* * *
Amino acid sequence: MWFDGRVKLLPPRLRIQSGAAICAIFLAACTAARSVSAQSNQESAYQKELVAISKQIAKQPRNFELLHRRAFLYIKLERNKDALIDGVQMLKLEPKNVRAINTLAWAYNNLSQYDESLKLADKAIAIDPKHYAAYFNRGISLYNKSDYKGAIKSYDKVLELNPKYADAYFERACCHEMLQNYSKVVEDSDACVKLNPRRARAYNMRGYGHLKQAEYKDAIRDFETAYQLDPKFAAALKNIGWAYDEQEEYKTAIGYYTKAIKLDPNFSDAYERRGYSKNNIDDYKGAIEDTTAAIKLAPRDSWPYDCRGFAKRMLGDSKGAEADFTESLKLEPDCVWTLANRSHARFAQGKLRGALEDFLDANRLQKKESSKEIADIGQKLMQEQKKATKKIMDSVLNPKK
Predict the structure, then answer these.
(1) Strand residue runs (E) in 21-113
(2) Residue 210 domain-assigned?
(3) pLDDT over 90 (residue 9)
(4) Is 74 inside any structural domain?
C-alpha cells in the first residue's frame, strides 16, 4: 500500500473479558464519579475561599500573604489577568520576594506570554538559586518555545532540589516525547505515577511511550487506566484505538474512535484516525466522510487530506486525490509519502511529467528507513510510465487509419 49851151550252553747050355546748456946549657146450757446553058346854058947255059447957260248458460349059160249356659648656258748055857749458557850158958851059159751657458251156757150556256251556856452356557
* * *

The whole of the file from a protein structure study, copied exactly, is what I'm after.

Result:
Amino acid sequence: MWFDGRVKLLPPRLRIQSGAAICAIFLAACTAARSVSAQSNQESAYQKELVAISKQIAKQPRNFELLHRRAFLYIKLERNKDALIDGVQMLKLEPKNVRAINTLAWAYNNLSQYDESLKLADKAIAIDPKHYAAYFNRGISLYNKSDYKGAIKSYDKVLELNPKYADAYFERACCHEMLQNYSKVVEDSDACVKLNPRRARAYNMRGYGHLKQAEYKDAIRDFETAYQLDPKFAAALKNIGWAYDEQEEYKTAIGYYTKAIKLDPNFSDAYERRGYSKNNIDDYKGAIEDTTAAIKLAPRDSWPYDCRGFAKRMLGDSKGAEADFTESLKLEPDCVWTLANRSHARFAQGKLRGALEDFLDANRLQKKESSKEIADIGQKLMQEQKKATKKIMDSVLNPKK
Predict the structure, then answer these.
(1) Strand residue runs (E) in 21-113
(2) Residue 210 domain-assigned?
(3) pLDDT over 90 (residue 9)
(4) Is 74 inside any structural domain?
C-alpha cells in the first residue's frame, strides 16, 4: 500500500473479558464519579475561599500573604489577568520576594506570554538559586518555545532540589516525547505515577511511550487506566484505538474512535484516525466522510487530506486525490509519502511529467528507513510510465487509419 49851151550252553747050355546748456946549657146450757446553058346854058947255059447957260248458460349059160249356659648656258748055857749458557850158958851059159751657458251156757150556256251556856452356557